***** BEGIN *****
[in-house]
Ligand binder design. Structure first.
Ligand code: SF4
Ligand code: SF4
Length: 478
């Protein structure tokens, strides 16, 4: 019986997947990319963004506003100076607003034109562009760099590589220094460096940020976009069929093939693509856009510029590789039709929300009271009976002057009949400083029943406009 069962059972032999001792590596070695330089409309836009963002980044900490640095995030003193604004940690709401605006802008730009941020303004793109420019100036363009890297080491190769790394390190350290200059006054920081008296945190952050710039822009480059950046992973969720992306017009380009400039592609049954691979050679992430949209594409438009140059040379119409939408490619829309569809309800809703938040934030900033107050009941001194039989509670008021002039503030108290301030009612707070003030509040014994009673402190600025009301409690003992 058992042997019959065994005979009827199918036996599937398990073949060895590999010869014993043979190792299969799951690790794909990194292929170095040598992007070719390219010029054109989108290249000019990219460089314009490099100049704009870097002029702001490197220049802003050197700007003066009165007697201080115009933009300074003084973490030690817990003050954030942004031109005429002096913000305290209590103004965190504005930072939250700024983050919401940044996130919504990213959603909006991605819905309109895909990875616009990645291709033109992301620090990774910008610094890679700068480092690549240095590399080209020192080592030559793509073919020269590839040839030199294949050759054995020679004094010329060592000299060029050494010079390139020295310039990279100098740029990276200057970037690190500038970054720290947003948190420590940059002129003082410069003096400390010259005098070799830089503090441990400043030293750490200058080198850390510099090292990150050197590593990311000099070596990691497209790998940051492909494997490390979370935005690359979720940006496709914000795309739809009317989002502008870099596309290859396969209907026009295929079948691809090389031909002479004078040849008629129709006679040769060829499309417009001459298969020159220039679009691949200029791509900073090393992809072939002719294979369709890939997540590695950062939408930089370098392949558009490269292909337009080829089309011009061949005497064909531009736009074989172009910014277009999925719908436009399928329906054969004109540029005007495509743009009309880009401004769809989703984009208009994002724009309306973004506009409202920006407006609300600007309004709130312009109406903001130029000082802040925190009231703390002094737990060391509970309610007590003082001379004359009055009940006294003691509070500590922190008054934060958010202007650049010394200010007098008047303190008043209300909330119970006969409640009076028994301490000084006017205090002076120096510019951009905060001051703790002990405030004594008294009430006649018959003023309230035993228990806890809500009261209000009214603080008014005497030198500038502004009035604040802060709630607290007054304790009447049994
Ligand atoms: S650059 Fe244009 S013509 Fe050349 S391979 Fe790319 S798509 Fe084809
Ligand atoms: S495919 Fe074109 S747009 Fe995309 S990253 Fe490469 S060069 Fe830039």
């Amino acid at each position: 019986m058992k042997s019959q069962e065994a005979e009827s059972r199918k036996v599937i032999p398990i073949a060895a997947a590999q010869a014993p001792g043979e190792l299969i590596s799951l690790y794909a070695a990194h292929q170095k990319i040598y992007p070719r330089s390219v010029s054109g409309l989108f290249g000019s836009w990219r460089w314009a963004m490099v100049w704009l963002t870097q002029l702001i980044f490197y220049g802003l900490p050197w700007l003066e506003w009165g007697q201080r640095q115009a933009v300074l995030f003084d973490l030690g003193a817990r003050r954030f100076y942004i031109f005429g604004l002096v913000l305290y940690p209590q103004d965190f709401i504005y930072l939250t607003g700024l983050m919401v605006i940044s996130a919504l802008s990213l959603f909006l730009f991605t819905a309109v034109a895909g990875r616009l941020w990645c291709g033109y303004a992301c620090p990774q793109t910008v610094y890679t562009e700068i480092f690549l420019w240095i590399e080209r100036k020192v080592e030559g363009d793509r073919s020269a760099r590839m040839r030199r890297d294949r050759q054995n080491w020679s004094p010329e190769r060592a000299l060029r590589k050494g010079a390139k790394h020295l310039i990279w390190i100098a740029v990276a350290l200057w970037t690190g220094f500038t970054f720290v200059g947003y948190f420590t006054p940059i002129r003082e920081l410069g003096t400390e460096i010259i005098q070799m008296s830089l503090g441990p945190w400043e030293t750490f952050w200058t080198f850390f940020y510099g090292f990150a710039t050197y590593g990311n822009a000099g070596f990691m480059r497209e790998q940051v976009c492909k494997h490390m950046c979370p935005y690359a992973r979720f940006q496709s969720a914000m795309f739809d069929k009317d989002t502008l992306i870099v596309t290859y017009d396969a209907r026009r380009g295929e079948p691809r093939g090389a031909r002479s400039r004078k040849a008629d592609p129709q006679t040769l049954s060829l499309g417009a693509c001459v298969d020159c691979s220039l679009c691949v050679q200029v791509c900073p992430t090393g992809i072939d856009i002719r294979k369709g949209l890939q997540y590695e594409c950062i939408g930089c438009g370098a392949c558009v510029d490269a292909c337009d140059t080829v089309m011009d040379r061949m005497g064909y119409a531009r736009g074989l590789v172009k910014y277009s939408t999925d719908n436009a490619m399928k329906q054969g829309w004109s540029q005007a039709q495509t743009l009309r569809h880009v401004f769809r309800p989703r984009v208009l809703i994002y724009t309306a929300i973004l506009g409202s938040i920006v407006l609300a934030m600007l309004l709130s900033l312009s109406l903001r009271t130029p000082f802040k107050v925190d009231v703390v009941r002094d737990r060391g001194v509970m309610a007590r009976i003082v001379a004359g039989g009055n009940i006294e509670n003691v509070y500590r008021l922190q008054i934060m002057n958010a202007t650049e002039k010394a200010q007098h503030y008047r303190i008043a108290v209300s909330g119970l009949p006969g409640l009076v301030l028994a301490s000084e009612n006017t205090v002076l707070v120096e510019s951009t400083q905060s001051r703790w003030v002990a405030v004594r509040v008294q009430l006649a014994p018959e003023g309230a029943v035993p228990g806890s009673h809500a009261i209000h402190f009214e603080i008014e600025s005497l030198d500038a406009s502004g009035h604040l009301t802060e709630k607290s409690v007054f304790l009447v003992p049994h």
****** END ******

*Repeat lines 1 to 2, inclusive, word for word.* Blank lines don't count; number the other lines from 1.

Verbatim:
[in-house]
Ligand binder design. Structure first.